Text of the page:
NT555RII Review: Daily Duty for Nitto's D.O.T.-Compliant Competition Drag Radial Tire
The rise of crossovers in the American automotive landscape has received the blame for killing a lot of cars. Sports cars are dead? People would rather crossovers. No more sedans? Crossovers. A lack of mid-size body-on-frame SUVs? Yep, crossovers. But there’s one automotive variant that has been nearly wiped from existence thanks to the anonymous-faced, shapeless, people movers: the station wagon.
These days, the few wagons that are left for sale in the American market are sold by luxury European brands, and are increasingly difficult to find without excess body cladding and increased body height.
Prior to the ‘90s however, the station wagon was the default choice for hauling your family around town. From compact cars like the Toyota Corolla, to the full size boats like the Chevrolet Caprice, there was a size for every need. The wagon variant was rarely marketed to enthusiasts, but being that these models often shared platforms with other models that had performance options, the “sleeper wagon” has become a trope in American car culture.
The owner of this 1979 Chevrolet Malibu wagon, Dan Bowman, is fully invested into the long roof lifestyle. A die-hard Ford fan, he was on the hunt for a clean LTD wagon to build when he stumbled on this nearly completed Malibu restoration on the northside of Atlanta. While starting with someone else’s project can often present its own set of challenges, the work here was beyond reproach.
Dan knew that he didn’t want stock power for the car, but he also needed the car to function as a daily driver. “Because I drive all over the state for work, reliability and fuel economy was more important than just power. But with that in mind I wanted the car to have enough under the hood to catch some people off guard.”
He installed a high output GM 350 HO small block that’s built to put down roughly 300hp and 400ft-lb of torque to wheels, routed through a mild build 700R4 with 2000rpm stall converter. While this combo doesn’t exactly reinvent the wheel, it does make reliable, consistent power for trouble-free miles.
The one hitch in his build, however, was tire choice. While the surge of pro-touring style builds has led to the solution of this problem with tires like the Nitto NT555G2, those options are reserved for larger diameter wheels. Dan sticks to the old school of thought, fitting his wagon with 15” wheels. He initially mounted traditional heritage muscle car tires to all four corners, but quickly found that traction limitations impeded on the drivability of the car. While there’s no shortage of 15” drag radials, those required too many concessions for a daily driver.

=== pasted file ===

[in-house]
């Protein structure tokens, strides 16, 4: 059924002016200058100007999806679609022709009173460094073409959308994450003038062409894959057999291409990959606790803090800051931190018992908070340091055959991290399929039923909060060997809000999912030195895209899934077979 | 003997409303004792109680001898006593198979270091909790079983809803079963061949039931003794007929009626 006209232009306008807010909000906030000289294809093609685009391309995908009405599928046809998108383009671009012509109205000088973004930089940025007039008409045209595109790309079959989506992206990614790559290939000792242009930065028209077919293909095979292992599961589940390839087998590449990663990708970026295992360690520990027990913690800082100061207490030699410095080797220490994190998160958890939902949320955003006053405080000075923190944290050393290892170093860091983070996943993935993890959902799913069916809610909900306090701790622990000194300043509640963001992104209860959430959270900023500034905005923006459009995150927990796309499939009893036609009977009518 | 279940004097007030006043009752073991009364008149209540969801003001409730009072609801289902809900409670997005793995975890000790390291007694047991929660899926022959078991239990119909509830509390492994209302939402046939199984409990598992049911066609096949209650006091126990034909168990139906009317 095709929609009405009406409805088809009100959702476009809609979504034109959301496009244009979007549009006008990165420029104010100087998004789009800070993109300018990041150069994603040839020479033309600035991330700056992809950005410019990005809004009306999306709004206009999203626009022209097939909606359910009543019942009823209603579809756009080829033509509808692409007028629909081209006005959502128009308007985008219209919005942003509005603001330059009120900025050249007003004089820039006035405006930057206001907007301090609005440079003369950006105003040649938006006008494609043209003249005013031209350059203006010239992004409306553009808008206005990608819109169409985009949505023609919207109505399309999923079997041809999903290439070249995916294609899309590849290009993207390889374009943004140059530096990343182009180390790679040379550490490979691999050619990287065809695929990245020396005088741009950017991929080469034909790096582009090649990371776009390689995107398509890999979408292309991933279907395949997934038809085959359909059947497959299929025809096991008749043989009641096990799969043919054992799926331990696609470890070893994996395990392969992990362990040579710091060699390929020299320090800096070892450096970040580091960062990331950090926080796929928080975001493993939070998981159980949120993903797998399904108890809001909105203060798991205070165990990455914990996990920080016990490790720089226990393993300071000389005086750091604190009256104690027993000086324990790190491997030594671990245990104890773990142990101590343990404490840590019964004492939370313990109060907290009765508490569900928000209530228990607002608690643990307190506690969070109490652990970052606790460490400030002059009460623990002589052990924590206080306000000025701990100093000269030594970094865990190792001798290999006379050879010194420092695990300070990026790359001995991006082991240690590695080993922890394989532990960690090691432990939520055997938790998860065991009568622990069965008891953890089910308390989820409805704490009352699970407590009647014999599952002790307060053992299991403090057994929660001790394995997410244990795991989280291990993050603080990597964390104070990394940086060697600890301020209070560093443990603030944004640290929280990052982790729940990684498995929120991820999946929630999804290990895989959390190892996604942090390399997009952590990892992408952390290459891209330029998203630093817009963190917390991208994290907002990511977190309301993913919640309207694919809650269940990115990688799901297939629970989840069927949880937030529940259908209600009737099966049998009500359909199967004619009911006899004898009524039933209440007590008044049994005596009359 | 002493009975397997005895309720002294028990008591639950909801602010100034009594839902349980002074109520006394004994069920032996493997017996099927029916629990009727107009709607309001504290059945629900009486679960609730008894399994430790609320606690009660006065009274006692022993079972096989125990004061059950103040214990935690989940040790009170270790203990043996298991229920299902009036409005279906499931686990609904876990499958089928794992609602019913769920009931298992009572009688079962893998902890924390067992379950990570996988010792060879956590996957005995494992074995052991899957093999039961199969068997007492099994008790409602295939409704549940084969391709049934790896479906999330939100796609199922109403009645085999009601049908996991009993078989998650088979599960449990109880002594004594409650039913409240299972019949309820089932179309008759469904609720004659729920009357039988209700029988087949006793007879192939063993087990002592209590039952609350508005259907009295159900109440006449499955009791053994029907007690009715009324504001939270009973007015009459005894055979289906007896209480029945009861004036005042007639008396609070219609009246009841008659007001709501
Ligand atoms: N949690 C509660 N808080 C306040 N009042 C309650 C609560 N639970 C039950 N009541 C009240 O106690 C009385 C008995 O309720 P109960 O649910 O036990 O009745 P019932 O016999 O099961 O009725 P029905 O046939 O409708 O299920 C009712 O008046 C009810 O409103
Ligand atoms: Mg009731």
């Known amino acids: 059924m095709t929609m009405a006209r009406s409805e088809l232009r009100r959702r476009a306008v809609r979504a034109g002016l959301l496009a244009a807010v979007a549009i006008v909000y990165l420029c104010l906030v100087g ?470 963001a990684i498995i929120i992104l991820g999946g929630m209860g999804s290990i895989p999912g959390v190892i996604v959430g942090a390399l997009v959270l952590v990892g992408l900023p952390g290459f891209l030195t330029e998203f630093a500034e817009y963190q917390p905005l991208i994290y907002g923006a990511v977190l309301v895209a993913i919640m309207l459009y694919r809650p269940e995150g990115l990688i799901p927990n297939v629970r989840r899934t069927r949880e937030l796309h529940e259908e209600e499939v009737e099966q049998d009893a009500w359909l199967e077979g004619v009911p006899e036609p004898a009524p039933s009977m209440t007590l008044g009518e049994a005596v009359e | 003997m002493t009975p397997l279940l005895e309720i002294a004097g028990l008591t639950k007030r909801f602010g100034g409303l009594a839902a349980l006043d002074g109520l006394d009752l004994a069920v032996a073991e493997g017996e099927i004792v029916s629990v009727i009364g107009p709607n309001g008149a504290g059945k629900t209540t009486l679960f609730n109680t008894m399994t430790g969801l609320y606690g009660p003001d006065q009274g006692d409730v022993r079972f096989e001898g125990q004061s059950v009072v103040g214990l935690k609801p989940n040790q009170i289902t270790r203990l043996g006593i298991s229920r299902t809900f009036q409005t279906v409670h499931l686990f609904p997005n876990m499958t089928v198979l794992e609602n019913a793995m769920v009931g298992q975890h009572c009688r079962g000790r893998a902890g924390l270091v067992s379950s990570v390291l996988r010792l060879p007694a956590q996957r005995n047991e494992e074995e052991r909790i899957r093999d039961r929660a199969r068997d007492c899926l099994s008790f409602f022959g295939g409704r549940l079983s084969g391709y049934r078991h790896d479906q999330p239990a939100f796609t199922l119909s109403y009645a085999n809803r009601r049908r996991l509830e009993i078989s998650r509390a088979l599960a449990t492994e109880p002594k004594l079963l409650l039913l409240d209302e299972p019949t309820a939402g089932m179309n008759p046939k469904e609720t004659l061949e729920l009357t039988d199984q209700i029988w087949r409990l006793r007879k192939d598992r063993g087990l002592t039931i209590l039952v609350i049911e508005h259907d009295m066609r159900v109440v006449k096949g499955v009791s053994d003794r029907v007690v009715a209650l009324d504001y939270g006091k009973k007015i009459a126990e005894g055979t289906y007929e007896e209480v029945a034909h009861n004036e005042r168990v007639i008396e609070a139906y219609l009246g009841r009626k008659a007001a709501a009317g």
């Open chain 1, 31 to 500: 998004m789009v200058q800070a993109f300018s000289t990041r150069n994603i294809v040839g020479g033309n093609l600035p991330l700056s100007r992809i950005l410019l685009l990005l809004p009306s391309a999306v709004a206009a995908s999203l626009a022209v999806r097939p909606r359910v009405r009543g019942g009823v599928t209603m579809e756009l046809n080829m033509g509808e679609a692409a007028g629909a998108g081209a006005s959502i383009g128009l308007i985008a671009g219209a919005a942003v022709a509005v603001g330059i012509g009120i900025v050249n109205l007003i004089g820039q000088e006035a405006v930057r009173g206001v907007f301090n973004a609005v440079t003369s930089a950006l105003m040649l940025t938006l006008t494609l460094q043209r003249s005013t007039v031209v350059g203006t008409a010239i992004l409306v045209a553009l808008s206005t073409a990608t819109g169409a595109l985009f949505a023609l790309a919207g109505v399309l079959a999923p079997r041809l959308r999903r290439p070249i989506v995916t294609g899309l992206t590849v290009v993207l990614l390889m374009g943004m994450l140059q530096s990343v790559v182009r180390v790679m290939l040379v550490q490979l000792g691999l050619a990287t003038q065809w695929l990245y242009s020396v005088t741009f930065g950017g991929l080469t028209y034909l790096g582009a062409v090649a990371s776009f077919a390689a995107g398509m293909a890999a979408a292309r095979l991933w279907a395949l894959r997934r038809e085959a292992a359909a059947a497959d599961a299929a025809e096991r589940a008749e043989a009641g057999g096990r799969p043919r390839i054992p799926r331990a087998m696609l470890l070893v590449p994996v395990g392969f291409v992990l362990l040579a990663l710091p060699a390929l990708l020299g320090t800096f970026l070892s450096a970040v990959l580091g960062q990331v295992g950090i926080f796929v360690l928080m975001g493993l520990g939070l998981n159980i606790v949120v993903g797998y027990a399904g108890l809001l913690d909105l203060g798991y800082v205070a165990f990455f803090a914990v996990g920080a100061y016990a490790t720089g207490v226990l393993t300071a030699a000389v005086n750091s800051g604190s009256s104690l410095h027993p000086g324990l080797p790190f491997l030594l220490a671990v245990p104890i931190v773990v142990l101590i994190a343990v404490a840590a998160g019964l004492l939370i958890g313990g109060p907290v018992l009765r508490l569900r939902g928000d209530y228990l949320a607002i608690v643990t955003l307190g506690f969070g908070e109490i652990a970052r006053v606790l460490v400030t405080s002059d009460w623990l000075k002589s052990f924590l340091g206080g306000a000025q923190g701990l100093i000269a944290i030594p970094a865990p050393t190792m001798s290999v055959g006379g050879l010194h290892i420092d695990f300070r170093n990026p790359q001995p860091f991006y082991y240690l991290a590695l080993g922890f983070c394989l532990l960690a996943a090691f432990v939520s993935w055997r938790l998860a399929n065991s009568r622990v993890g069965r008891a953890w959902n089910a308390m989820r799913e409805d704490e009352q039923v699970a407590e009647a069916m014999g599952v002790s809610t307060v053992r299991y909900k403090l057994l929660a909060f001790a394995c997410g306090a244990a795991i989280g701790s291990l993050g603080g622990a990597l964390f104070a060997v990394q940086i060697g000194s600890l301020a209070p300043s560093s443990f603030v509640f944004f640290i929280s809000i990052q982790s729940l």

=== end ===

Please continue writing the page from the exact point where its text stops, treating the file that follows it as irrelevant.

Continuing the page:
Enter the Nitto NT555RII. Available in three different 15” sizes, Nitto makes a modern D.O.T.-compliant competition drag radial available to old-school minded builders that demand modern performance on and off of the track. Dan selected the middle sized offering, mounting a pair of 275/60/15 NT555RII’s to the business end of the Malibu.
The NT555RII tires were designed for traction on and off the drag strip, and Dan found that they are ideal for his situation. “In the month I’ve had them I’ve already put 2000 miles on them. They’re very sticky and hook great from a roll and go.” He continued, “Fully aired for street driving, the RII’s will still spin from a dead stop but they will grab without me having to let off the throttle.”
When asked how they were in the rain, Dan contended that he hasn’t had to make any changes to his driving style in inclement weather due to the tires. Obviously, sensibility is necessary when driving on drag radials in the rain, but for what has been a relatively mild winter down in Georgia, Dan couldn’t be happier with the on-road experience.
For old-school domestic enthusiasts, the idea of a hot rod wagon is as American as apple pie. Offering the best of both worlds, a wagon offers the driving dynamics of a traditional coupe or sedan with the utility that only a long roof can offer. When paired with Nitto’s NT555RII, a hot rod wagon can still function as a daily driver while having plenty of grip on reserve for the track. With little concessions to be made, Dan’s Malibu is the ultimate sleeper.
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